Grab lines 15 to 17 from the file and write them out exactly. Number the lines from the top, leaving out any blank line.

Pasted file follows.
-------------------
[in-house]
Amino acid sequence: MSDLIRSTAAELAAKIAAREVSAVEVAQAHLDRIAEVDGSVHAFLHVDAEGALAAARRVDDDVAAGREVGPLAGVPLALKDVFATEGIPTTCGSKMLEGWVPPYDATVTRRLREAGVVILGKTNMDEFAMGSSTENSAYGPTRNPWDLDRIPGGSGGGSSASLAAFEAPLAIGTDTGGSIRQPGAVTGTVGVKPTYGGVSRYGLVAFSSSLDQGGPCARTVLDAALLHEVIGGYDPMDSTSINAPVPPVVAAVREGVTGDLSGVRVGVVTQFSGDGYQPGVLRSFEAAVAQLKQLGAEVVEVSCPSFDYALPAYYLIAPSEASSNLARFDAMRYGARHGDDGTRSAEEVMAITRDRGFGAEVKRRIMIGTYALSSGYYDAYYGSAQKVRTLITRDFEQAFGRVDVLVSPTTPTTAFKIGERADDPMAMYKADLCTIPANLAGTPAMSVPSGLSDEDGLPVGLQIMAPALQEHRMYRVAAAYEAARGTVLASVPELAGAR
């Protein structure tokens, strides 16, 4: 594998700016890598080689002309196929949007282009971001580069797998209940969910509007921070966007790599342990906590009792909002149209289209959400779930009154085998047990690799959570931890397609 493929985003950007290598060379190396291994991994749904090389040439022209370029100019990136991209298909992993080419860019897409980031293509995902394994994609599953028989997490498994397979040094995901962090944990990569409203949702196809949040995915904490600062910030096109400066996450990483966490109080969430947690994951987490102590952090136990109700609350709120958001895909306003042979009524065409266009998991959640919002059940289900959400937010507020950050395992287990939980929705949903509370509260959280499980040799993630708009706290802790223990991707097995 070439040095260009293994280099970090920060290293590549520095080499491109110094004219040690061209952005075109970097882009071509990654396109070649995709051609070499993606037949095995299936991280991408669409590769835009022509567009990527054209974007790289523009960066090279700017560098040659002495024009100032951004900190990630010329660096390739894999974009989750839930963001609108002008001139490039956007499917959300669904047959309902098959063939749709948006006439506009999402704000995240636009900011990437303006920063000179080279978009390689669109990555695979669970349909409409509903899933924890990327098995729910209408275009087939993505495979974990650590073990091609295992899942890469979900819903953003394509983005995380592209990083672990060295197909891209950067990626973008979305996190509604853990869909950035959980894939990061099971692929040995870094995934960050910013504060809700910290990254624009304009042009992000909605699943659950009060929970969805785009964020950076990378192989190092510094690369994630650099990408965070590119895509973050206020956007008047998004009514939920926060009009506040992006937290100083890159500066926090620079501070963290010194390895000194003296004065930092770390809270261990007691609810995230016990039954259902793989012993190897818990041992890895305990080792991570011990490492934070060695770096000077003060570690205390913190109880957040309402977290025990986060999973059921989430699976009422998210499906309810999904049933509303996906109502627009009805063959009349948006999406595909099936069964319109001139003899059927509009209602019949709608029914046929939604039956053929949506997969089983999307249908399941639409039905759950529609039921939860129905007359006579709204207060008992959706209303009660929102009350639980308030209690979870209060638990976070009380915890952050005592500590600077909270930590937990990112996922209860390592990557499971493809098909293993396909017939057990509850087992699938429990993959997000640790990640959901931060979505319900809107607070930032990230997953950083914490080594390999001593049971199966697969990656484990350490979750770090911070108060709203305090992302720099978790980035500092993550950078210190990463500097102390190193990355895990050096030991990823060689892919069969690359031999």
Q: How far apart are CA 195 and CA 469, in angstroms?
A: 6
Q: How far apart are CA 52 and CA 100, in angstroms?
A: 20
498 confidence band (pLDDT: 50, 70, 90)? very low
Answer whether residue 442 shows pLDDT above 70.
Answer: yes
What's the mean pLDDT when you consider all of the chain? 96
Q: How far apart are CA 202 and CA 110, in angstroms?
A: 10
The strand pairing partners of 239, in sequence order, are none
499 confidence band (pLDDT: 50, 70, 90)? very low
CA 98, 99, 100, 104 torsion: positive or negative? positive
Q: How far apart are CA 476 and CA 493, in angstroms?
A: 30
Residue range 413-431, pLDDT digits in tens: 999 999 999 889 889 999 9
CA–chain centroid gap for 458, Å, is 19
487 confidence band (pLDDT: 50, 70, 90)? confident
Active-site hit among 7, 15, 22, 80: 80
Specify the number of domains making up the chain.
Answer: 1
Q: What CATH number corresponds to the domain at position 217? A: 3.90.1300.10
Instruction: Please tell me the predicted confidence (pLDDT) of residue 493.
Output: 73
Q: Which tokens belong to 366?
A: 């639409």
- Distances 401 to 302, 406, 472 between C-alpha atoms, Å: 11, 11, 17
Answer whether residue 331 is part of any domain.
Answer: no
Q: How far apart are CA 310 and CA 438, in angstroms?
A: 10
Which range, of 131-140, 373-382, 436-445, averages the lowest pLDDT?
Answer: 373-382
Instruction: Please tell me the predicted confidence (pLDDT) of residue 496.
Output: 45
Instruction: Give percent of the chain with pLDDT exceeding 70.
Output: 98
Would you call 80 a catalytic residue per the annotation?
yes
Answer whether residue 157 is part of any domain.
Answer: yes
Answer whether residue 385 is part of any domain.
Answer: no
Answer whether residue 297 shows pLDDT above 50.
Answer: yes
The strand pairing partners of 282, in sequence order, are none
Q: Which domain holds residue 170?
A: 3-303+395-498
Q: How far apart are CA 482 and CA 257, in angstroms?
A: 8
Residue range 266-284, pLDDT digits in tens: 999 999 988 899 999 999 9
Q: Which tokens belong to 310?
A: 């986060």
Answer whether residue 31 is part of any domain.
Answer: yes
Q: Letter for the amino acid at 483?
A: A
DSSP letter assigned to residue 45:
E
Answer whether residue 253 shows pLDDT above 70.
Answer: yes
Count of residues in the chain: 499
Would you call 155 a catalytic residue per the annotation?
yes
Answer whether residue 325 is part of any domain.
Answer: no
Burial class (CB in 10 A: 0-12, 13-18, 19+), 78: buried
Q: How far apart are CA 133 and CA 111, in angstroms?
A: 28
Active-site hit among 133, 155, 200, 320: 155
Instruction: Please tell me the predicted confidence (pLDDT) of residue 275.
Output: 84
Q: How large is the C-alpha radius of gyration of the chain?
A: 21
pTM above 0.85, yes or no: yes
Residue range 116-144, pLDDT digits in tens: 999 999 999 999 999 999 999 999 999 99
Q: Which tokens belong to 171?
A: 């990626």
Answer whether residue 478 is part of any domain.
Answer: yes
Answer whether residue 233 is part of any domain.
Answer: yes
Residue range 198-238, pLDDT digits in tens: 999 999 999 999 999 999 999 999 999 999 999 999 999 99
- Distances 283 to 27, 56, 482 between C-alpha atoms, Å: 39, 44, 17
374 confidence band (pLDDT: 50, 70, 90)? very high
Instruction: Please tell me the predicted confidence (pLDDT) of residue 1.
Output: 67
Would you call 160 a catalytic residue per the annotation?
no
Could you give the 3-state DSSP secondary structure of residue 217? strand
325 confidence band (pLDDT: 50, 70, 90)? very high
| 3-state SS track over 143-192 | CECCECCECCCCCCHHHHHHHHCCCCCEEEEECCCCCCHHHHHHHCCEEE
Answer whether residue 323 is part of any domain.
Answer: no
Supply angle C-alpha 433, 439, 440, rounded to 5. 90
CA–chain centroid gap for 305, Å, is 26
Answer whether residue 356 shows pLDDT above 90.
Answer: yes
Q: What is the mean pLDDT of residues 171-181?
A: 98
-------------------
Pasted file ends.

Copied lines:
499 confidence band (pLDDT: 50, 70, 90)? very low
CA 98, 99, 100, 104 torsion: positive or negative? positive
Q: How far apart are CA 476 and CA 493, in angstroms?